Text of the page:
David R. Henderson  

The Joys of Yiddish and Economics

A dangerous myth about trade d... France's NIRA did just as poor...

518PQyCjX5L._AC_UL160_.jpgGeorge Mason University economist Dan Klein has a fun paper, about to be published in the Independent Review, titled "The Joys of Yiddish and Economics."

Dan writes:

In The Joys of Yiddish, Rosten's method is to introduce each Yiddish term, define it, and provide a story to illustrate it. Many of the stories occur in a setting of work and trade, and many illustrate economic ideas. Besides illustrating ideas of textbook economics, they often illustrate the rich vitality of economic life beyond the textbook.

I had known, from reading Two Lucky People, that Leo Rosten was a friend of Milton and Rose Friedman. I hadn't known that in the 1930s, he had attended a class taught by Friedrich Hayek at the London School of Economics.

The whole thing, which is short, is worth reading. My favorite is this one, my own version of which I've used countless times when discussing price controls but hadn't known it was from Rosten:

Pronounced bee-OLL-lee, to rhyme with "fee dolly."
A flat breakfast roll, shaped like a round wading pool, sometimes sprinkled with onion.
"Forty cents a dozen for bialies?" protested Mrs. Becker. "The baker across the street is asking only twenty!"
"So buy them across the street."
"Today, he happens to be sold out."
"When I'm out of bialies, I charge only twenty cents a dozen, too."

Here's my version (and the point I made with it), from my Mercatus study titled The U.S. Postwar Miracle:
Prices, which had been repressed by these controls, shot up. Between mid-June and mid- July, food prices rose by 12.9 percent and meat prices rose by 29.6 percent. Of course, these do not represent real price increases because price controls on meat and other foods had caused shortages. Indeed, a butcher joke makes the point that it's small comfort to have "cheap" meat (or indeed any other good) when the very fact that it's cheap is what makes it unavailable:

Customer: What do you charge for filet mignon?
Butcher: $8.99 a pound.
Customer (outraged): $8.99 a pound? Why, I can get filet mignon from the butcher across the street for $7.00 a pound.
Butcher: Then why don't you buy it across the street?
Customer: Because he doesn't have any filet mignon left.
Butcher: Well, when I don't have any filet mignon left, I sell it at $6.00 a pound.

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CATEGORIES: Price Controls

COMMENTS (5 to date)
Tom West writes:

I quite like the story.

However, when involving human beings, it's often not reality that's important, but our interpretation of reality.

I've seen people who are a lot happier about something that will never actually be available than the rather prosaic reality of something they can actually buy.

As this story illustrates, if customer satisfaction is the ultimate goal, the customer is often happier to not have something at a cheap price than to have it at a higher price that they'd have been willing to pay.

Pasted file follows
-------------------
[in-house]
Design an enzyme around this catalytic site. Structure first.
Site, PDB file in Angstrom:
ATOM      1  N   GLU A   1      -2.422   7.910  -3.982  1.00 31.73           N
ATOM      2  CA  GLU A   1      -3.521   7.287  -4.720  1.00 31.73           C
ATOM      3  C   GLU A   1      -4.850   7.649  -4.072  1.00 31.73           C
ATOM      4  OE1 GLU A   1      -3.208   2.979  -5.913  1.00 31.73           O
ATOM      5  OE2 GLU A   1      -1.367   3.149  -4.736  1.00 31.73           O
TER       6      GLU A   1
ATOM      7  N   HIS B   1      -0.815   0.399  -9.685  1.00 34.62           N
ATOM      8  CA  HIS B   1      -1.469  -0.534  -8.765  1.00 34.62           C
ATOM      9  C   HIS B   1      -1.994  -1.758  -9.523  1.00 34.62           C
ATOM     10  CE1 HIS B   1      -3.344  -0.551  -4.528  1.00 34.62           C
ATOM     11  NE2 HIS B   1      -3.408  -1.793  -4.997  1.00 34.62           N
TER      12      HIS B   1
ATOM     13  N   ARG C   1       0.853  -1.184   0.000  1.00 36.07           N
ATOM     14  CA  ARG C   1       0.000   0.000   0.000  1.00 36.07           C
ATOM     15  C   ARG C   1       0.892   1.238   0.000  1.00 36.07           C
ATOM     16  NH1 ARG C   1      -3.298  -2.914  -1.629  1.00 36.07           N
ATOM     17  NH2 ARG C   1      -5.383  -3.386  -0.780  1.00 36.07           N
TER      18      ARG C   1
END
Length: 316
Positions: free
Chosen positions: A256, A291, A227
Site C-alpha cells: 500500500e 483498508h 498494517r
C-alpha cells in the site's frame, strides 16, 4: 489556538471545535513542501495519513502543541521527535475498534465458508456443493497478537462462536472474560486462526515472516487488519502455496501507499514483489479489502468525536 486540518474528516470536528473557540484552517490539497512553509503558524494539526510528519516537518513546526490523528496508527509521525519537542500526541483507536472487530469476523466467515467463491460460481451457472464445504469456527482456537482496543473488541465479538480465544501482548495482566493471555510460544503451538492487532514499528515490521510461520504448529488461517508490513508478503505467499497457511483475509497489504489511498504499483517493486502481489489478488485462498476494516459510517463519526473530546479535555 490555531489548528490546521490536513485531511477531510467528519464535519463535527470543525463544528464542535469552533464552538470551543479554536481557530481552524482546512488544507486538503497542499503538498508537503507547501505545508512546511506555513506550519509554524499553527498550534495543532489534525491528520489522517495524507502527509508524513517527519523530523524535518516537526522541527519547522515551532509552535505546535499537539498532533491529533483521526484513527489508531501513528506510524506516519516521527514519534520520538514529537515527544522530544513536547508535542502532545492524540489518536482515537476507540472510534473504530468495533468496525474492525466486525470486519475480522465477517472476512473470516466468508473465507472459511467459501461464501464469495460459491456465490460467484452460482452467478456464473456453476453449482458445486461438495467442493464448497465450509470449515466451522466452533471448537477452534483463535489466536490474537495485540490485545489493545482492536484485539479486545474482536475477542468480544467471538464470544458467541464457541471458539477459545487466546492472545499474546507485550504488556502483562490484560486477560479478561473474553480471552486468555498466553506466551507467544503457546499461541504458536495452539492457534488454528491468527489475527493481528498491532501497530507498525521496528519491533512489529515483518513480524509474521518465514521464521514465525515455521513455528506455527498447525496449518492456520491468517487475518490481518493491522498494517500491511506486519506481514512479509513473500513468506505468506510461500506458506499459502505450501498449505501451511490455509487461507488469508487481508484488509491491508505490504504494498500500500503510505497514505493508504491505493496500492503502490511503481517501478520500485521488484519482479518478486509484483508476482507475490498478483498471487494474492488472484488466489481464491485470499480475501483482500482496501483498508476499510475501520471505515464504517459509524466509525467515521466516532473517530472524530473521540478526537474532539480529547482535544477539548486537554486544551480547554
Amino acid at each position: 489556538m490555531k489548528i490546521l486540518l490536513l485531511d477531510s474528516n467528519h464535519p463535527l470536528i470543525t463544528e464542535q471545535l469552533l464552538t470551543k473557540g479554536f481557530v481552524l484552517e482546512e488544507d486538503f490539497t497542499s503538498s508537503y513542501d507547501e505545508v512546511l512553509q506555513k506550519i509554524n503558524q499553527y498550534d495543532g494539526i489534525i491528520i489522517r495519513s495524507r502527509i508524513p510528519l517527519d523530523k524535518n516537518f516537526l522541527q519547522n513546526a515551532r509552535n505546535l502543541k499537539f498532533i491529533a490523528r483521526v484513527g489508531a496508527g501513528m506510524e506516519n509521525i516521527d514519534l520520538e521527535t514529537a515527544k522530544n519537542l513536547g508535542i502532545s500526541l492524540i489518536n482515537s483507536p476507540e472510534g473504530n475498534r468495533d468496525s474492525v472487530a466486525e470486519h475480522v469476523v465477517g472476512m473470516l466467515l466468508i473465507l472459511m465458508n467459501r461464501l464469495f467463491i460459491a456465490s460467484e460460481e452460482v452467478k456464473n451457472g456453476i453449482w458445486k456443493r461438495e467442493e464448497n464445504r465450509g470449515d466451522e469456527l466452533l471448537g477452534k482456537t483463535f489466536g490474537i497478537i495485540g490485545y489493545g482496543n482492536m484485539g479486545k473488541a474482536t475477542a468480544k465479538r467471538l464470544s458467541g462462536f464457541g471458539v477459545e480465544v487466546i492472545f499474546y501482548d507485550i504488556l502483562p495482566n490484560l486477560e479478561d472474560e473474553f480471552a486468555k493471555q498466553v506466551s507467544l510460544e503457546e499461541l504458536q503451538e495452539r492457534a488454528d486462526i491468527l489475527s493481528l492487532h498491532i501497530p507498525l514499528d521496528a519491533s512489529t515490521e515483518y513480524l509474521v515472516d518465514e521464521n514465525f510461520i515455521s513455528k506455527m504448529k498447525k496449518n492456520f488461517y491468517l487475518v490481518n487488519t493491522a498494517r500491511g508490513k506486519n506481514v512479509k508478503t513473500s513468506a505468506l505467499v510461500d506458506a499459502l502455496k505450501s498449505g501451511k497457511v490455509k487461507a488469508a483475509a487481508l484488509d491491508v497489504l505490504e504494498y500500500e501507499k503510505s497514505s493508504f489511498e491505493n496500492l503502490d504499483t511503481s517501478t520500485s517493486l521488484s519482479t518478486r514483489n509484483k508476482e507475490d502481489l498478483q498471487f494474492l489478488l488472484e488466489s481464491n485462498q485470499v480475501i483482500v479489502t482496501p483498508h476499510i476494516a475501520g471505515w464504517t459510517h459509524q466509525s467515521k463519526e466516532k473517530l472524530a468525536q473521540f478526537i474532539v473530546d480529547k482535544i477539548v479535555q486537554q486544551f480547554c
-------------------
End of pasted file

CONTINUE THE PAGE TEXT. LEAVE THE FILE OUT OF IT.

Of course, that's only for some cases, and you can't build a science on it. But it is part of the "real reality" for anything involving human beings.

David R. Henderson writes:

@Tom West,
As this story illustrates, if customer satisfaction is the ultimate goal, the customer is often happier to not have something at a cheap price than to have it at a higher price that [I think you mean “than”] they'd have been willing to pay.
This story doesn’t illustrate that at all.

Yaakov Schatz writes:

I once noticed at a book fair that when the sellers were asked for the price they would quickly state "the price is X instead of the regular price of Y". Since I really did not care what the "regular price" was, I since then would tell sellers that I would agree to by the book if it were sold for "X instead of Z", where Z is a price substantially higher than Y.

But, as stated in the remarks by others, psychology does play its role and that is why the book sellers do make a point to state Y.

Ken Balakrishnan writes:

Like the old joke about the kid (Scottish in the original telling) who comes home and says "Papa, I saved 50 cents today by running home behind the bus instead of riding it!", and Papa slaps him and says "Spendthrift! Why didn't you run behind a taxi and save three dollars?!"

T.L. Brink writes:

Yiddish humor, like rabbinic wisdom, is based upon reframing to indicate that original intentions will not be achieved if foolishly pursued.

This example about food price controls could also be applied to rent controls, minimum wage laws, or any contrived scarcity frustrating the free market.

OK, let's reframe that point from economic science. Is a cheap price, a high wage, or even the consumption of a material good or pleasurable service the ultimate point of life? Do you want the cheapest brain surgery? Do you want your child's high school AP teacher to be the one who offered the school board the lowest wage contract?

Maybe the two bakers' bialies are not of equal quality. I write this from my home in Acapulco, where I walk an extra block (and pay an extra peso) to buy my tortillas from the Sanchez tortilleria instead of the closer and cheaper Rodriguez tortilleria. Maybe Sanchez is friendlier about by small (quarter kilo) order. Maybe his tortillas taste better. It's not just about the price (or even the convenience). That is the real wisdom of Yiddish humor (to be found in other ethnic proverbs and folktales as well).

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